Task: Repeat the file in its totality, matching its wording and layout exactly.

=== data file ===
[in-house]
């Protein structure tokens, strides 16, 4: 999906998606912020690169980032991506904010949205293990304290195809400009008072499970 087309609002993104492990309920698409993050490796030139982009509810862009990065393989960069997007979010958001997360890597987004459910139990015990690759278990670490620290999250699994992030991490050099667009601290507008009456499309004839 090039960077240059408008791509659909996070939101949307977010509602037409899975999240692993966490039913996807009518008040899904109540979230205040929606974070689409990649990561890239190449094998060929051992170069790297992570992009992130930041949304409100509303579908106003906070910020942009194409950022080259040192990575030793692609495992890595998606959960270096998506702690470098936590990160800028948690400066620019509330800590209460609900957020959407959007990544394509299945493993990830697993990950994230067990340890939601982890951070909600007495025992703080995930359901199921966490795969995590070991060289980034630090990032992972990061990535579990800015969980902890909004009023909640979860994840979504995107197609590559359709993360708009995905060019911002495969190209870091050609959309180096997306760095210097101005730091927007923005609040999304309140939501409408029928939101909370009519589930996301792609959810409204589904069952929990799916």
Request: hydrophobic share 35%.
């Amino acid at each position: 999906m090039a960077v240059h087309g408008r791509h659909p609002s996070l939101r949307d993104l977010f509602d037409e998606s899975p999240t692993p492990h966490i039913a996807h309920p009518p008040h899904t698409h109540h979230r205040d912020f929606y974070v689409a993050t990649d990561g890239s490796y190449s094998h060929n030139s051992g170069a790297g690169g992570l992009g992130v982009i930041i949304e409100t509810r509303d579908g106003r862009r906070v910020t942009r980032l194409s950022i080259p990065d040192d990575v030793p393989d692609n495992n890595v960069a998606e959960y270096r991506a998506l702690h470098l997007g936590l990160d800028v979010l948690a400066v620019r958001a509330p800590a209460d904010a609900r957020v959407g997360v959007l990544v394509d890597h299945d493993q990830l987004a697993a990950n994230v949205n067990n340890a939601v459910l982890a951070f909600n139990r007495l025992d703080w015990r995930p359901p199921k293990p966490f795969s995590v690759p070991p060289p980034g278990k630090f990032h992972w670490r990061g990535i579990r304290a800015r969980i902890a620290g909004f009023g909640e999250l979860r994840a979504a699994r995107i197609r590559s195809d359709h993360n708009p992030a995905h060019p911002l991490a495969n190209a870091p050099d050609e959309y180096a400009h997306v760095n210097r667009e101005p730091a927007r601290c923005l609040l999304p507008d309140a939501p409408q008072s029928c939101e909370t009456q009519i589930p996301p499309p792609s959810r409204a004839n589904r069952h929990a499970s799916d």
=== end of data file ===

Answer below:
[in-house]
């Protein structure tokens, strides 16, 4: 999906998606912020690169980032991506904010949205293990304290195809400009008072499970 087309609002993104492990309920698409993050490796030139982009509810862009990065393989960069997007979010958001997360890597987004459910139990015990690759278990670490620290999250699994992030991490050099667009601290507008009456499309004839 090039960077240059408008791509659909996070939101949307977010509602037409899975999240692993966490039913996807009518008040899904109540979230205040929606974070689409990649990561890239190449094998060929051992170069790297992570992009992130930041949304409100509303579908106003906070910020942009194409950022080259040192990575030793692609495992890595998606959960270096998506702690470098936590990160800028948690400066620019509330800590209460609900957020959407959007990544394509299945493993990830697993990950994230067990340890939601982890951070909600007495025992703080995930359901199921966490795969995590070991060289980034630090990032992972990061990535579990800015969980902890909004009023909640979860994840979504995107197609590559359709993360708009995905060019911002495969190209870091050609959309180096997306760095210097101005730091927007923005609040999304309140939501409408029928939101909370009519589930996301792609959810409204589904069952929990799916």
Request: hydrophobic share 35%.
């Amino acid at each position: 999906m090039a960077v240059h087309g408008r791509h659909p609002s996070l939101r949307d993104l977010f509602d037409e998606s899975p999240t692993p492990h966490i039913a996807h309920p009518p008040h899904t698409h109540h979230r205040d912020f929606y974070v689409a993050t990649d990561g890239s490796y190449s094998h060929n030139s051992g170069a790297g690169g992570l992009g992130v982009i930041i949304e409100t509810r509303d579908g106003r862009r906070v910020t942009r980032l194409s950022i080259p990065d040192d990575v030793p393989d692609n495992n890595v960069a998606e959960y270096r991506a998506l702690h470098l997007g936590l990160d800028v979010l948690a400066v620019r958001a509330p800590a209460d904010a609900r957020v959407g997360v959007l990544v394509d890597h299945d493993q990830l987004a697993a990950n994230v949205n067990n340890a939601v459910l982890a951070f909600n139990r007495l025992d703080w015990r995930p359901p199921k293990p966490f795969s995590v690759p070991p060289p980034g278990k630090f990032h992972w670490r990061g990535i579990r304290a800015r969980i902890a620290g909004f009023g909640e999250l979860r994840a979504a699994r995107i197609r590559s195809d359709h993360n708009p992030a995905h060019p911002l991490a495969n190209a870091p050099d050609e959309y180096a400009h997306v760095n210097r667009e101005p730091a927007r601290c923005l609040l999304p507008d309140a939501p409408q008072s029928c939101e909370t009456q009519i589930p996301p499309p792609s959810r409204a004839n589904r069952h929990a499970s799916d």